Mesa Verde & a quick trip to Durango

Tucked in the most southwest part of Colorado is Mesa Verde National Park, a UNESCO World Heritage Site. The sites here at the park are some of the most notable and best-preserved dwellings in the United States. The Pueblo people built over 600 cliff dwellings and lived here for more than 700 Years.

I think early April is an excellent time to visit the park because there are fewer visitors but the best part about early spring is there is still lots of snow on the mountains. From the visitor center you can’t help but be drawn to Lookout Point.

This morning William and I started our tour along the Mesa Top Loop. With views of the snow the 45 minute drive to the Mesa Top went by so quickly. We both were enjoying the ride and views of the snow covered mountains so much.

The Ranger at the Visitor Center suggested that our first stop be Spruce Tree House. This site had just reopened after 5 years while the park stabilized the overhanging cliff. We were not disappointed! We felt so close to the dwellings.

We continued along the Mesa Top Loop and stopped at Square Tower House. This dwelling has the tallest standing architecture in the Park. At 27 foot the square tower is four stories high.

 From the Sun Point Overlook on the Mesa Top Loop we could see this 15 room cliff dwelling.

But the Crown Jewel of the Park is Cliff Palace. It is the largest and best preserved of all the dwellings. It is thought that Cliff Palace was a social, administrative site with high ceremonial usage. If you want to actually tour Cliff Palace you will need to wait until May 15 when the tours begin but even without the tour you can still view the palace from a very close overlook.

You should allow most of a whole day to see everything but most people spend 4 to 6 hours doing a self guided tour of the park.

After our tour William and I decided to drive an additional 35 miles to get a quick look at Durango. You may have heard about the Durango & Silverton narrow gauge Railroad. This railroad was built in 1880 and it hauled both freight and passengers. The narrow gauge rails allowed the train to make sharper curves around the mountain.

The Railroad used Steam Locomotives and had a top speed of 25 mph. You can ride from Durango to Silverton May to October. We saw this engine at the free train museum.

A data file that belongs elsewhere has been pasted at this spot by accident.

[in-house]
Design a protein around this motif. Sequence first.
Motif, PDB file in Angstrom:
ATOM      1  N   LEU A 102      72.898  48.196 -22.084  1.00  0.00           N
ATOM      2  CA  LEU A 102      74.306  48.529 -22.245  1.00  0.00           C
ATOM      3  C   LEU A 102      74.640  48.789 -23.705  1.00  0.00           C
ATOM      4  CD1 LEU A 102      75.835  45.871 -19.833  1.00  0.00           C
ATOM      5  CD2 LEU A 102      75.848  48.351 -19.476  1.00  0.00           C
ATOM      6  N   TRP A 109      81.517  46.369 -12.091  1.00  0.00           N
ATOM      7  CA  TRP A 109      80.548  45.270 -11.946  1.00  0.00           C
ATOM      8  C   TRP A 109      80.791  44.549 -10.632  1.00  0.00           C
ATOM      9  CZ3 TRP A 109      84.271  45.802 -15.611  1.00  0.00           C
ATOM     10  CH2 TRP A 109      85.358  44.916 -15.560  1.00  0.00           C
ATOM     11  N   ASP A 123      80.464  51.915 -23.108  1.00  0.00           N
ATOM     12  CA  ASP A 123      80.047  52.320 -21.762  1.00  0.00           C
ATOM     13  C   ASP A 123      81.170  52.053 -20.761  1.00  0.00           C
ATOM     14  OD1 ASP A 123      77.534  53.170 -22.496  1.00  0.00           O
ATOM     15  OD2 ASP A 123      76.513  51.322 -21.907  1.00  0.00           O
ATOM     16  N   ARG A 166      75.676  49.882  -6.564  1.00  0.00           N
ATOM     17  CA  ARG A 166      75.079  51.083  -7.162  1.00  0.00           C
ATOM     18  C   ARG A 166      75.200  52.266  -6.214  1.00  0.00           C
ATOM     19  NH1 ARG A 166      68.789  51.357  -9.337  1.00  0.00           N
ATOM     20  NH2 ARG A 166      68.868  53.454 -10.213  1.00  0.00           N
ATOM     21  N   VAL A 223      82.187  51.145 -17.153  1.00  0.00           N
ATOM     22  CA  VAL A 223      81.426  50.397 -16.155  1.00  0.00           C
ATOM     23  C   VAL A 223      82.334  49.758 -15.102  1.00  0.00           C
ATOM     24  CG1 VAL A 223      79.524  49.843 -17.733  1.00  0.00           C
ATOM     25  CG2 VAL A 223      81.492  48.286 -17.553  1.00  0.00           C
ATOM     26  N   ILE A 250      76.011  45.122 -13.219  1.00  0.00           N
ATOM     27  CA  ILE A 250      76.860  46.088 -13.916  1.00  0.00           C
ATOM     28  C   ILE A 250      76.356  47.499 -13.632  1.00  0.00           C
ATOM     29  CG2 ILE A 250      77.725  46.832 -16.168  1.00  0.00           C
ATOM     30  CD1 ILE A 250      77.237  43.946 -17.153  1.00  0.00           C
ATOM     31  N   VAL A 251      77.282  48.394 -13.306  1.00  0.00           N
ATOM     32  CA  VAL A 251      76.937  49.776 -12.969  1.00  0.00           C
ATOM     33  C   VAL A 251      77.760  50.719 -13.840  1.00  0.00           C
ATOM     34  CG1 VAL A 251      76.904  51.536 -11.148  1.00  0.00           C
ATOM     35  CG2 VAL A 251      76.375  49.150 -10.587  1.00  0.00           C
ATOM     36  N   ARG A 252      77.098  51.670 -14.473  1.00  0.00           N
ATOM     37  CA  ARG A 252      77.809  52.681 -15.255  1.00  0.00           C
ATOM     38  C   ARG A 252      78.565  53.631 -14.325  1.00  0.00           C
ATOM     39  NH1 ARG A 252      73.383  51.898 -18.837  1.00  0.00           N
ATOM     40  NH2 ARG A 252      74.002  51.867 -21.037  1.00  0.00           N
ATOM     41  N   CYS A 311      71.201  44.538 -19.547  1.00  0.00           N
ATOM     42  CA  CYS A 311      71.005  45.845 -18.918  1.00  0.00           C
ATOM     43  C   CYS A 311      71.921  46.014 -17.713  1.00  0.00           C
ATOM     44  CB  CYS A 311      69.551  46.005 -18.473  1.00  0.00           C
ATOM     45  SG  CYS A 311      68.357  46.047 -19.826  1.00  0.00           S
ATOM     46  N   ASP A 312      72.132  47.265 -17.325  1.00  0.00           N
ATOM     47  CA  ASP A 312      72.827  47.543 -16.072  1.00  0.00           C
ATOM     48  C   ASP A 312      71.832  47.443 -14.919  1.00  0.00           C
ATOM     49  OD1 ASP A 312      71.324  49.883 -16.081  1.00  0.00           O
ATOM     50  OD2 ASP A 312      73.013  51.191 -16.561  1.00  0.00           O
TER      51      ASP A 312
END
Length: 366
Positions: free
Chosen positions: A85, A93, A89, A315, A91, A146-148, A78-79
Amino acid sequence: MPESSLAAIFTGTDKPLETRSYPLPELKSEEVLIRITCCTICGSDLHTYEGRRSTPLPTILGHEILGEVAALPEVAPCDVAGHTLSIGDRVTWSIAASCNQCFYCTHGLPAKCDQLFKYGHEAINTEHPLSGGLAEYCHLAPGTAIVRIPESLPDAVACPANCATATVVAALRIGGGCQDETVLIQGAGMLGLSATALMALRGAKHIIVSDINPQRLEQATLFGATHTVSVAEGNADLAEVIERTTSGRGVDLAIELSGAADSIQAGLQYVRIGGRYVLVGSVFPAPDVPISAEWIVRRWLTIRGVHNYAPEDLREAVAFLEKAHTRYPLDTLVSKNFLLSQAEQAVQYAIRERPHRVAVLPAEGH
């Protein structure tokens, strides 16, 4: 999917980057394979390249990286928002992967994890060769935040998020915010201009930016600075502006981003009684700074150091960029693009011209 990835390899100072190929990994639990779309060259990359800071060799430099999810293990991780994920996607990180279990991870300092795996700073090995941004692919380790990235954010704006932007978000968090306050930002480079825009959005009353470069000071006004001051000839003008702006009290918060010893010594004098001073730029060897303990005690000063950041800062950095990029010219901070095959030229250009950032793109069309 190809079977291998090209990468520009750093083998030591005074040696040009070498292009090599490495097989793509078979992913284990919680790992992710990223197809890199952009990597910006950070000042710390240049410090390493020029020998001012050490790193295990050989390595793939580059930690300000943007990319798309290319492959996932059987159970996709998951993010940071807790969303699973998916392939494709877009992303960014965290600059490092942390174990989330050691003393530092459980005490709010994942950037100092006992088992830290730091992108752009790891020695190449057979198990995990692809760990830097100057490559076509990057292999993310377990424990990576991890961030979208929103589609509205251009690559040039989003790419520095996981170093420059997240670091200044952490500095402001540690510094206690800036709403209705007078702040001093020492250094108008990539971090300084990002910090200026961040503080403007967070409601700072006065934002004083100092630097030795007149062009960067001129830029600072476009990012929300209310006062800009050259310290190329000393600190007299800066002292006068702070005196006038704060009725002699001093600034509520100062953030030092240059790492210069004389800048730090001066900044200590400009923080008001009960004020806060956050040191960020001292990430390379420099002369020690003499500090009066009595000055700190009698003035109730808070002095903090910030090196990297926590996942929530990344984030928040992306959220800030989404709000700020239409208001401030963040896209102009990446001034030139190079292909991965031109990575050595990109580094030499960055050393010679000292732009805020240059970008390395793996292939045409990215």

We also explored around the train station a bit. By the way, regular train tracks are 4 foot 8 inches wide where the narrow gauge tracks are 3 foot wide.

This hotel is one of the historical buildings in Durango and was quite beautiful. We had a fun afternoon walking around the historical town and doing a little shopping.

3 Comments Add yours

  1. Edith Propst says:

    You are in our stomping ground now! Mesa Verde is one of our favorite places to explore and Durango is one of our favorite Colorado towns. Come back in the fall and ride the train to Silverton when the aspens are golden. This was a great side trip on your way to Utah!


  2. Edith Propst says:

    Hey there, Rosa! I submitted my comment twice by accident! Can you possibly delete one of them?

    I know you guys will have a great time in Utah. It might be a bit muddy this time of year. Our oldest son and his wife and their two youngest kids hike either in Arches or Canyonlands every week lately. They are avid hikers and backpackers. Zion and Bryce are a little too far to get to from Grand Junction for a day hike, but before it gets too hot, they will be hiking there as well. I don’t know why they don’t move to Utah!! But then, they would be driving to Colorado to hike in the mountains in the summer. Y’all have fun and be careful! Edith

    Sent from my iPhone

    Liked by 1 person

  3. Priscilla & Steve says:

    Beautiful pictures, and to think people actually lived there. Didn’t get to see this park on our cross country trip. Continue having fun!

    Liked by 1 person

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